For the second time in as many offseasons, Jason Kipnis found his future with the Cleveland Indians in question.
But just as he did a year ago, the 2-time All-Star will begin his season in the spot he's most familiar -- and comfortable -- with.
Speaking to reporters in Goodyear, Ariz. on Monday, Indians manager Terry Francona revealed that he has informed Kipnis he'll begin the 2019 campaign as the team's starting second baseman. Kipnis had begun each of the last two seasons serving the same role, before ultimately being moved to the outfield prior to postseason play.
"He's our second baseman," Francona said Monday. "When he's a good player, we're a different team."
Once considered a member of Cleveland's core and still valued for his voice inside the clubhouse, the 31-year-old Kipnis has battled with both injuries and diminished production over the past two years. Limited to just 90 games in 2017, Kipnis hit for what was a career-worst .232 average, to go along with 12 home runs and 35 RBIs.
Last season, the Arizona State product recorded a new career low with a .230 batting average, leading to some speculation he could be the odd man out of the Indians' lineup in 2019. But when Cleveland traded third baseman Yandy Diaz to the Tampa Bay Rays in December, its ability to slide Jose Ramirez off the hot corner suffered, leaving Kipnis as the team's most viable second base option.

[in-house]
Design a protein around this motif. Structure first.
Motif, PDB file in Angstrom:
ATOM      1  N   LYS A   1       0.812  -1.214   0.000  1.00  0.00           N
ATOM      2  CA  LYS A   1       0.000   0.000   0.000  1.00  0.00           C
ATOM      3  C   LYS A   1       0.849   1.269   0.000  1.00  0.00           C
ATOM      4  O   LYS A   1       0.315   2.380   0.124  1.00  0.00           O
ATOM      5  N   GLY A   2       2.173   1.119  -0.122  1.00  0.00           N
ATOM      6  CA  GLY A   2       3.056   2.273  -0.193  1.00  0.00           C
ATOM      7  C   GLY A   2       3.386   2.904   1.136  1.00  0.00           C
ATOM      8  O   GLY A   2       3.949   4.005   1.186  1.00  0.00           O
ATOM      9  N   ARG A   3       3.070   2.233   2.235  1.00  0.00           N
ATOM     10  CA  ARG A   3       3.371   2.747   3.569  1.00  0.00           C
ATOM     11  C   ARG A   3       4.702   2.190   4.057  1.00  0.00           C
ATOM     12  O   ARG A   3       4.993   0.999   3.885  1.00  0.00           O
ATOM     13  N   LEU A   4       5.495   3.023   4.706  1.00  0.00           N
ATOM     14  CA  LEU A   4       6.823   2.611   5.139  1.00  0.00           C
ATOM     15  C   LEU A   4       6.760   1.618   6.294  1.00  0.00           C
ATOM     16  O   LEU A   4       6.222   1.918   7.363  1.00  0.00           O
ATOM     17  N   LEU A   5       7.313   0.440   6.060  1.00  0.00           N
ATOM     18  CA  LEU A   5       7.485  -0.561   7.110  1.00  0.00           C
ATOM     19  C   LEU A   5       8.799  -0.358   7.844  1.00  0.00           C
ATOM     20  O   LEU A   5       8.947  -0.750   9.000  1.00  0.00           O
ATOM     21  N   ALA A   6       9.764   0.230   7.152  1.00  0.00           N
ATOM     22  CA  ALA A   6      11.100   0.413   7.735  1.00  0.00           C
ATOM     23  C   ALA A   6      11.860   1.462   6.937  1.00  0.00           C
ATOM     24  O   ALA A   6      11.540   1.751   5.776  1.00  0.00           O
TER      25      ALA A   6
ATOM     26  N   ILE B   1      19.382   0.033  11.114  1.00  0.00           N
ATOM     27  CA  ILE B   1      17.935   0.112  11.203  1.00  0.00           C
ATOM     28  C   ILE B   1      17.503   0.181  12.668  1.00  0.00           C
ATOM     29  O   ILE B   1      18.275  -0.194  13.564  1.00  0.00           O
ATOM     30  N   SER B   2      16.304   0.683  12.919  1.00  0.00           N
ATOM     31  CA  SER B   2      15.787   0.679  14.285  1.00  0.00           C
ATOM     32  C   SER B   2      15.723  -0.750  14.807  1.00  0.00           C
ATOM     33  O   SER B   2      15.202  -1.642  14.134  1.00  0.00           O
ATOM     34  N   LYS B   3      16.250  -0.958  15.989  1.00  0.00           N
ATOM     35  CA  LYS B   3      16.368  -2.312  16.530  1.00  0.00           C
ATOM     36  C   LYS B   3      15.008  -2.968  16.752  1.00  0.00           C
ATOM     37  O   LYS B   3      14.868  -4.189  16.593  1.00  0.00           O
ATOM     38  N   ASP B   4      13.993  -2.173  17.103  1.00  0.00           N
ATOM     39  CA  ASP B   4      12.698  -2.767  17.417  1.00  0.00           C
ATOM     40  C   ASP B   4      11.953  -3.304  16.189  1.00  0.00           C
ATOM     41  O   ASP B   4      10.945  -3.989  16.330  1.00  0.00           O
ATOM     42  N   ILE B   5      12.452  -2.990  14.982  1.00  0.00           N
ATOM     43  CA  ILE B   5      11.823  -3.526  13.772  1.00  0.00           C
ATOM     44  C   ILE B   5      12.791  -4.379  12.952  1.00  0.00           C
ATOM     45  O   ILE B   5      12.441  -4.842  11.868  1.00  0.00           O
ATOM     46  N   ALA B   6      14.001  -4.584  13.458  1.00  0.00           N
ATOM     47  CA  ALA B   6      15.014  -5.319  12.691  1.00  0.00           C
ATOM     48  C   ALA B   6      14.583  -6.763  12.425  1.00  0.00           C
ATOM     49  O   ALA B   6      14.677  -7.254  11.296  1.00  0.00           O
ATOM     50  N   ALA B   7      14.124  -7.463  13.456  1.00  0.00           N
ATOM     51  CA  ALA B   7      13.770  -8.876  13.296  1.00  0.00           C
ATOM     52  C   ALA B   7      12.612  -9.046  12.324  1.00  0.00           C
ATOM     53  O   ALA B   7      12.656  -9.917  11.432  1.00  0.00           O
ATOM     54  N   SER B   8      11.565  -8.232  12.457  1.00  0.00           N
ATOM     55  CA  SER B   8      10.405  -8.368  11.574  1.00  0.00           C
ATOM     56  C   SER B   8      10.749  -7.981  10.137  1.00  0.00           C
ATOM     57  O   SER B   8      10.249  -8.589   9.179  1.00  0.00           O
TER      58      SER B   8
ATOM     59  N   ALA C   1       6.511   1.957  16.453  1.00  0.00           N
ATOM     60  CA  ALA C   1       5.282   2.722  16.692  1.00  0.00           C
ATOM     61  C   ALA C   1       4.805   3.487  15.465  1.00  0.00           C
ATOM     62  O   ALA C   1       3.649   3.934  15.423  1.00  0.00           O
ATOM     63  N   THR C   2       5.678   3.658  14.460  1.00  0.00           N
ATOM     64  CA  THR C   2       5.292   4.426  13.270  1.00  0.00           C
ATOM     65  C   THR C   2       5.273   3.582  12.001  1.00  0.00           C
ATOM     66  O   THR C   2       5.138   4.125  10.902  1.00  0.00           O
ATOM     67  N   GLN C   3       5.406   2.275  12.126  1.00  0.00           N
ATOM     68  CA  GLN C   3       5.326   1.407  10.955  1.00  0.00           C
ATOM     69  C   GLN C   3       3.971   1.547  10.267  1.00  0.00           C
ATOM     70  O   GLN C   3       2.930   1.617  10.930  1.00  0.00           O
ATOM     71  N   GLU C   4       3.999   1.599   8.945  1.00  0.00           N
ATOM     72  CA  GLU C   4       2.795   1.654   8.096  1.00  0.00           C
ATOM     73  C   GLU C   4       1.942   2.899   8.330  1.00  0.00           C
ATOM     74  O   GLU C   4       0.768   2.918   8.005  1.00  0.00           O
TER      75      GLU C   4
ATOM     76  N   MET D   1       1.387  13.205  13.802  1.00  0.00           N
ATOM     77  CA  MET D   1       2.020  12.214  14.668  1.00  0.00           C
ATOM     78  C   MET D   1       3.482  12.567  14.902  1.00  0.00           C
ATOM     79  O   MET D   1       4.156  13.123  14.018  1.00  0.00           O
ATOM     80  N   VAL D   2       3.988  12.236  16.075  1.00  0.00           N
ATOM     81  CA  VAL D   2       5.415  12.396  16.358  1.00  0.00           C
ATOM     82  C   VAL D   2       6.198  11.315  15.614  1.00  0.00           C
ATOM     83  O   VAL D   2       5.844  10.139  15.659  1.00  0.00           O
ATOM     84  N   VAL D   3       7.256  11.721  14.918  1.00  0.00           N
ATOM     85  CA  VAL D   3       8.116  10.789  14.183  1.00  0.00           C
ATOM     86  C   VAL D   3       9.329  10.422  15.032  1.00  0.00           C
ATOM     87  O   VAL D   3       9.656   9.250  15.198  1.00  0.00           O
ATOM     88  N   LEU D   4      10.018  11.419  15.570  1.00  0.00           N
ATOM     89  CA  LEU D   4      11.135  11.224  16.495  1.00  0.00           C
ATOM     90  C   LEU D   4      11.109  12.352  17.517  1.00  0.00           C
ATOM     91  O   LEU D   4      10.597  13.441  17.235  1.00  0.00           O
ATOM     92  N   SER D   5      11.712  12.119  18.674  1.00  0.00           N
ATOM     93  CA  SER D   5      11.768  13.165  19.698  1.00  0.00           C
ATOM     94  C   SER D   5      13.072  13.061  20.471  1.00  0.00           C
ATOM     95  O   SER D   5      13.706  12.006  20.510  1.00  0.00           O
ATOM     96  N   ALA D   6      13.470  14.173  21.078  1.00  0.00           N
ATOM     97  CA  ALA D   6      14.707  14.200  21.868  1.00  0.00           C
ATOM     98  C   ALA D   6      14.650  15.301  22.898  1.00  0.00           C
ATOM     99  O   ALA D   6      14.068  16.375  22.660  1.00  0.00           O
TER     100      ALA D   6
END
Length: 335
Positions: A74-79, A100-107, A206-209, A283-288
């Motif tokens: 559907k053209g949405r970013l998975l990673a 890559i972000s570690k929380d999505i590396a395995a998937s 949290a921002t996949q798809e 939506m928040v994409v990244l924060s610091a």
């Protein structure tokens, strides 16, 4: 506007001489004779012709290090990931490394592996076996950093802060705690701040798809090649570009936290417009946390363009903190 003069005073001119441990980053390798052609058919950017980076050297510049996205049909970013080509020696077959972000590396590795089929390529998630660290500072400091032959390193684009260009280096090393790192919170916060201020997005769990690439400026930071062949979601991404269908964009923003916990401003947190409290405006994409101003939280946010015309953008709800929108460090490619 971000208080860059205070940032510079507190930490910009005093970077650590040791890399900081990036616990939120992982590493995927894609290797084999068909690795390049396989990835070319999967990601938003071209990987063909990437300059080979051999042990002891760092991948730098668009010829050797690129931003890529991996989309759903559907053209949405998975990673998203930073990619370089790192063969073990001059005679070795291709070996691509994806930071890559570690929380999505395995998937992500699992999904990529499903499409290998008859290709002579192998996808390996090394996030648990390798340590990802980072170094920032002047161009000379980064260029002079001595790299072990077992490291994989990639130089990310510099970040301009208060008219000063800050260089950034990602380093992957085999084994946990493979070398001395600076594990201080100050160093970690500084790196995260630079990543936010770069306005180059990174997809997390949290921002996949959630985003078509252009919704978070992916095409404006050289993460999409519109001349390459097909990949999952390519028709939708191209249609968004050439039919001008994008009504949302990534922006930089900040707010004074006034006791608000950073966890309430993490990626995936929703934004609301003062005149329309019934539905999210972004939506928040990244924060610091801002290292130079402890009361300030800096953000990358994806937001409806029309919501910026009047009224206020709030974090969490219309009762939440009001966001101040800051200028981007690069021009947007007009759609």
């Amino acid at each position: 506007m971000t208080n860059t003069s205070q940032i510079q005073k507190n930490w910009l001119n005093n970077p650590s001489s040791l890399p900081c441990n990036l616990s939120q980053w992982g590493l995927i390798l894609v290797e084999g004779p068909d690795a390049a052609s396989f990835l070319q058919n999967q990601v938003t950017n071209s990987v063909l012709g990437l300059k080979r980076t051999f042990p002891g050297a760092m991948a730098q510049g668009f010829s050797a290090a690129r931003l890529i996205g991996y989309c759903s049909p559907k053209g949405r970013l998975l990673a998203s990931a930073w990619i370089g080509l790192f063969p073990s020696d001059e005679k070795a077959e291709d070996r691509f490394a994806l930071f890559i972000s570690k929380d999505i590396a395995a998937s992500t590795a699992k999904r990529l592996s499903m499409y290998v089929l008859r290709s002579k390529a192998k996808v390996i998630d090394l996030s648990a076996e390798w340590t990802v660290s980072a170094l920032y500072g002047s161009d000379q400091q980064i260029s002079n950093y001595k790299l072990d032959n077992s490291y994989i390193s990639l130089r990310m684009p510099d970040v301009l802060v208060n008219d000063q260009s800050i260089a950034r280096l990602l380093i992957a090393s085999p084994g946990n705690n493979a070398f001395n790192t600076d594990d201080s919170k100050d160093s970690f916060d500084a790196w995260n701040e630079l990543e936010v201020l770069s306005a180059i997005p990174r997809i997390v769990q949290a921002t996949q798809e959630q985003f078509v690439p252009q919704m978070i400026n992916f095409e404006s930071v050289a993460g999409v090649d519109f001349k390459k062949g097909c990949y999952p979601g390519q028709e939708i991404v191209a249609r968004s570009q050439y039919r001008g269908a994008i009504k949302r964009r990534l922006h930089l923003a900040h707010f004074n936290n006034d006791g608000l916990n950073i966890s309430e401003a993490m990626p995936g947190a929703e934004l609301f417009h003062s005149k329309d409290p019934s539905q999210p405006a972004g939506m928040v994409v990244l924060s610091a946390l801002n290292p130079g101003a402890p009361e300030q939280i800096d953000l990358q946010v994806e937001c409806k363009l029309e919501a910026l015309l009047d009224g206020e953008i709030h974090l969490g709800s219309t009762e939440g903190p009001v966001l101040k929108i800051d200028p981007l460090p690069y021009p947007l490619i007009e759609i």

"I think he's got something to prove," Francona said. "Even when you've been in the game seven or eight years, guys don't like not being as good as they can be. They've got a lot of pride. And I put him in that category."
How much time Kipnis will receive in his latest effort to reestablish himself remains to be seen. And even after a relatively quiet offseason, the possibility still exists that Cleveland could make an in-season move that will necessitate another trek to the outfield.
Kipnis is aware of as much and even volunteered to make a preemptive move to the outfield now.
"I told him if something ever changes and we needed to, that we'd talk to him," Francona said.
Right now, such move isn't necessary. And so long as Francona's loyalty to his club's longest-tenured player is rewarded, it may not be any time soon.